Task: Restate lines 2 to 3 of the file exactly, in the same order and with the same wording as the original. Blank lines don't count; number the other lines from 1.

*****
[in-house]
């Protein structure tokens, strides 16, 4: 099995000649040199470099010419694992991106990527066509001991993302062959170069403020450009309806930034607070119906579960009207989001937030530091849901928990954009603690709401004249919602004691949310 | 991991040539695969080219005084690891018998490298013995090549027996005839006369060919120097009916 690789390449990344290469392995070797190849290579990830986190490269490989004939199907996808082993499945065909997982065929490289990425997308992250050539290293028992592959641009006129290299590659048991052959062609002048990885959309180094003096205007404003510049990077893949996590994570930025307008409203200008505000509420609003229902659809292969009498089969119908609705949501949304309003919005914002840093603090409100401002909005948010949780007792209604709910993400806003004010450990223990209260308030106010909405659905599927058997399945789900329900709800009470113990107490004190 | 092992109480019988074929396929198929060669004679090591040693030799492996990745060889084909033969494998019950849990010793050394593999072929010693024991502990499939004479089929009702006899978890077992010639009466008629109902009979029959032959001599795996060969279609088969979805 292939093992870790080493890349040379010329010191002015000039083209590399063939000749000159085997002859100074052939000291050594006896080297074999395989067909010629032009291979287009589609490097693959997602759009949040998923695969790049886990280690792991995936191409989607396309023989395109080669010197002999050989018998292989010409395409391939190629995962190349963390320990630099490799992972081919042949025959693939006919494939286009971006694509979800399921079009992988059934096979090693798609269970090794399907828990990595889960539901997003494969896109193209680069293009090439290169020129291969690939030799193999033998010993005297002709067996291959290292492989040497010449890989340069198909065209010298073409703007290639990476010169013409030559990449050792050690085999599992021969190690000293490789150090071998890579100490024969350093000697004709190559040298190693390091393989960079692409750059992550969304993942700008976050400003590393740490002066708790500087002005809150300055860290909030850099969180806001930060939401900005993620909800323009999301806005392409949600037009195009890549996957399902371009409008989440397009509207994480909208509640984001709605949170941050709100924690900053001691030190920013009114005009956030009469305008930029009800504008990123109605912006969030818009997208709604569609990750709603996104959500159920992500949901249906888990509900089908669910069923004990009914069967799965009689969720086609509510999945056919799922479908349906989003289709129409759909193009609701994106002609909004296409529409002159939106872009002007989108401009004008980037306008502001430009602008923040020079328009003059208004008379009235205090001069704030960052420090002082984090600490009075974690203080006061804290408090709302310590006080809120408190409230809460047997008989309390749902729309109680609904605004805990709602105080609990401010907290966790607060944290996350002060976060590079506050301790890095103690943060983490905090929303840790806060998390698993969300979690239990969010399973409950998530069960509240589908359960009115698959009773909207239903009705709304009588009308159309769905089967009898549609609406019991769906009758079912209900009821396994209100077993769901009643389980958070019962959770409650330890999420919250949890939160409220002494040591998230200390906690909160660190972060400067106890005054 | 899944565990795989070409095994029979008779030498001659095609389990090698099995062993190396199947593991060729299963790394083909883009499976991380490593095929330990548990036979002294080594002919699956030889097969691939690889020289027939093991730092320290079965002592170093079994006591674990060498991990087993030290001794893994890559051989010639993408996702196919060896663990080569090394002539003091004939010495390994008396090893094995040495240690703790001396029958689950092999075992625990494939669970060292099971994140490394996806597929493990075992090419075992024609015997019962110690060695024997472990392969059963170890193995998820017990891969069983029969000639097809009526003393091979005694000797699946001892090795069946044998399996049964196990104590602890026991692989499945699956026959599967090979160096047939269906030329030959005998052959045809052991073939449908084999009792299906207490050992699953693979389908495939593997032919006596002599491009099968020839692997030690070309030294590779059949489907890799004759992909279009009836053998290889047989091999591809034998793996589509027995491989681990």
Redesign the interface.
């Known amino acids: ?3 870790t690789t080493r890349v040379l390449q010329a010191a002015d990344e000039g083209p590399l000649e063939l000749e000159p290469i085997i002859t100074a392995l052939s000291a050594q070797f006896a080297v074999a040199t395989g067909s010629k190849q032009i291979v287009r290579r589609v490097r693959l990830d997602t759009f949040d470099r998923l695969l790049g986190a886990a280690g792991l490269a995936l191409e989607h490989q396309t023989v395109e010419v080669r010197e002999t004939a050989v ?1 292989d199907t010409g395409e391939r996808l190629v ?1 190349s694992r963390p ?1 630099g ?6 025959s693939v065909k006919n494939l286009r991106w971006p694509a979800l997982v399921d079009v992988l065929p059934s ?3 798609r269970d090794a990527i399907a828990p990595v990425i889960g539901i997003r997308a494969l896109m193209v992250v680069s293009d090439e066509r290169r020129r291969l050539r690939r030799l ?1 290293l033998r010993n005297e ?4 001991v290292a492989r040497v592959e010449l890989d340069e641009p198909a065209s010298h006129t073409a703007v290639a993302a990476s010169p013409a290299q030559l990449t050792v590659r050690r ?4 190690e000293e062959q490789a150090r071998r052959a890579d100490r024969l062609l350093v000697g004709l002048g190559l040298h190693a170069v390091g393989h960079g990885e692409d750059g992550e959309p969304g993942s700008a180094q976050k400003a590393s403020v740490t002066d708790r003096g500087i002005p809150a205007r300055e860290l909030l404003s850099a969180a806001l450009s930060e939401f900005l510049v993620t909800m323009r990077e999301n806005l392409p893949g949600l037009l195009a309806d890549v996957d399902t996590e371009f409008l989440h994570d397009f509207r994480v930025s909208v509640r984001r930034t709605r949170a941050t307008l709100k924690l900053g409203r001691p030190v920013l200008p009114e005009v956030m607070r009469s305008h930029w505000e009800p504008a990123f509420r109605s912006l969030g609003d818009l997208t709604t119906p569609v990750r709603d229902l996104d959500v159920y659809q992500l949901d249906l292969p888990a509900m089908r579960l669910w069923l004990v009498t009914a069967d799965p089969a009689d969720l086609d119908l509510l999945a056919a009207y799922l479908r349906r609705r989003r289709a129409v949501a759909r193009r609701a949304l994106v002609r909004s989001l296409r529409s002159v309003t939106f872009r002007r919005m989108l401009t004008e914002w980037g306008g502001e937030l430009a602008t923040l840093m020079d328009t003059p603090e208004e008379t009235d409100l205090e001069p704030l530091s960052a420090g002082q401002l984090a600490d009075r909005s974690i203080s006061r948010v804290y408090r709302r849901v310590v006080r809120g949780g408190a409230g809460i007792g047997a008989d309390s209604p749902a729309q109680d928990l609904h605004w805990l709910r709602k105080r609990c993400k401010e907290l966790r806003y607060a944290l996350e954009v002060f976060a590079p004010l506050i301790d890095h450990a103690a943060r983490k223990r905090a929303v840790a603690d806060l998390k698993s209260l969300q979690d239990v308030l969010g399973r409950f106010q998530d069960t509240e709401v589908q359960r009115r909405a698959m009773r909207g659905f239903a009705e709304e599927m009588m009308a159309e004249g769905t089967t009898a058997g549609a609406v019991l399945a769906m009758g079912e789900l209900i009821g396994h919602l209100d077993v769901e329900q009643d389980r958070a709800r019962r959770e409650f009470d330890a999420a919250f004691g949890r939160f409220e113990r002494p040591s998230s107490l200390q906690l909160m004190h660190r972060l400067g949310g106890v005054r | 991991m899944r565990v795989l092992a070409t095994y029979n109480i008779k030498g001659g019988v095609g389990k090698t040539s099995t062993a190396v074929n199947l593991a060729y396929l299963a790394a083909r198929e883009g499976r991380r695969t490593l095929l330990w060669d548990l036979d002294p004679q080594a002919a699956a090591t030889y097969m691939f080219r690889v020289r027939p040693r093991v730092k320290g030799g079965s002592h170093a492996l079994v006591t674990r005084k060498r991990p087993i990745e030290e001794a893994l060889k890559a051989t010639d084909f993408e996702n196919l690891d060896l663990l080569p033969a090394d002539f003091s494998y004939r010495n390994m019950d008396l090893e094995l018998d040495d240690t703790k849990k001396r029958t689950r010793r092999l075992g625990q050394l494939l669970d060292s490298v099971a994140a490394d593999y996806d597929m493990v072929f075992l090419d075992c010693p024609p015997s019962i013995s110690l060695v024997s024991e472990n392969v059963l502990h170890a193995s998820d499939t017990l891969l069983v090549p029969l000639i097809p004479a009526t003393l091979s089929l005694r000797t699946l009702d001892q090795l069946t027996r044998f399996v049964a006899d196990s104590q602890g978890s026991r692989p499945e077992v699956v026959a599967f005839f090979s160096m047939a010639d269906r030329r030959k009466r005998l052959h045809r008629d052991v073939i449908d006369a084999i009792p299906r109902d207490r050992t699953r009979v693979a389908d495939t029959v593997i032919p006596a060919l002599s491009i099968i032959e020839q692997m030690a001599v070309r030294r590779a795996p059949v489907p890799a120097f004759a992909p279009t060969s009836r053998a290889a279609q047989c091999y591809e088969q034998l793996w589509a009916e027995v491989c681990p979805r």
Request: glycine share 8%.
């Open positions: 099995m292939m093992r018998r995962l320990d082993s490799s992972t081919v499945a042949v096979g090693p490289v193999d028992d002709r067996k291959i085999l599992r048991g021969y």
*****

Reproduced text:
């Protein structure tokens, strides 16, 4: 099995000649040199470099010419694992991106990527066509001991993302062959170069403020450009309806930034607070119906579960009207989001937030530091849901928990954009603690709401004249919602004691949310 | 991991040539695969080219005084690891018998490298013995090549027996005839006369060919120097009916 690789390449990344290469392995070797190849290579990830986190490269490989004939199907996808082993499945065909997982065929490289990425997308992250050539290293028992592959641009006129290299590659048991052959062609002048990885959309180094003096205007404003510049990077893949996590994570930025307008409203200008505000509420609003229902659809292969009498089969119908609705949501949304309003919005914002840093603090409100401002909005948010949780007792209604709910993400806003004010450990223990209260308030106010909405659905599927058997399945789900329900709800009470113990107490004190 | 092992109480019988074929396929198929060669004679090591040693030799492996990745060889084909033969494998019950849990010793050394593999072929010693024991502990499939004479089929009702006899978890077992010639009466008629109902009979029959032959001599795996060969279609088969979805 292939093992870790080493890349040379010329010191002015000039083209590399063939000749000159085997002859100074052939000291050594006896080297074999395989067909010629032009291979287009589609490097693959997602759009949040998923695969790049886990280690792991995936191409989607396309023989395109080669010197002999050989018998292989010409395409391939190629995962190349963390320990630099490799992972081919042949025959693939006919494939286009971006694509979800399921079009992988059934096979090693798609269970090794399907828990990595889960539901997003494969896109193209680069293009090439290169020129291969690939030799193999033998010993005297002709067996291959290292492989040497010449890989340069198909065209010298073409703007290639990476010169013409030559990449050792050690085999599992021969190690000293490789150090071998890579100490024969350093000697004709190559040298190693390091393989960079692409750059992550969304993942700008976050400003590393740490002066708790500087002005809150300055860290909030850099969180806001930060939401900005993620909800323009999301806005392409949600037009195009890549996957399902371009409008989440397009509207994480909208509640984001709605949170941050709100924690900053001691030190920013009114005009956030009469305008930029009800504008990123109605912006969030818009997208709604569609990750709603996104959500159920992500949901249906888990509900089908669910069923004990009914069967799965009689969720086609509510999945056919799922479908349906989003289709129409759909193009609701994106002609909004296409529409002159939106872009002007989108401009004008980037306008502001430009602008923040020079328009003059208004008379009235205090001069704030960052420090002082984090600490009075974690203080006061804290408090709302310590006080809120408190409230809460047997008989309390749902729309109680609904605004805990709602105080609990401010907290966790607060944290996350002060976060590079506050301790890095103690943060983490905090929303840790806060998390698993969300979690239990969010399973409950998530069960509240589908359960009115698959009773909207239903009705709304009588009308159309769905089967009898549609609406019991769906009758079912209900009821396994209100077993769901009643389980958070019962959770409650330890999420919250949890939160409220002494040591998230200390906690909160660190972060400067106890005054 | 899944565990795989070409095994029979008779030498001659095609389990090698099995062993190396199947593991060729299963790394083909883009499976991380490593095929330990548990036979002294080594002919699956030889097969691939690889020289027939093991730092320290079965002592170093079994006591674990060498991990087993030290001794893994890559051989010639993408996702196919060896663990080569090394002539003091004939010495390994008396090893094995040495240690703790001396029958689950092999075992625990494939669970060292099971994140490394996806597929493990075992090419075992024609015997019962110690060695024997472990392969059963170890193995998820017990891969069983029969000639097809009526003393091979005694000797699946001892090795069946044998399996049964196990104590602890026991692989499945699956026959599967090979160096047939269906030329030959005998052959045809052991073939449908084999009792299906207490050992699953693979389908495939593997032919006596002599491009099968020839692997030690070309030294590779059949489907890799004759992909279009009836053998290889047989091999591809034998793996589509027995491989681990």
Redesign the interface.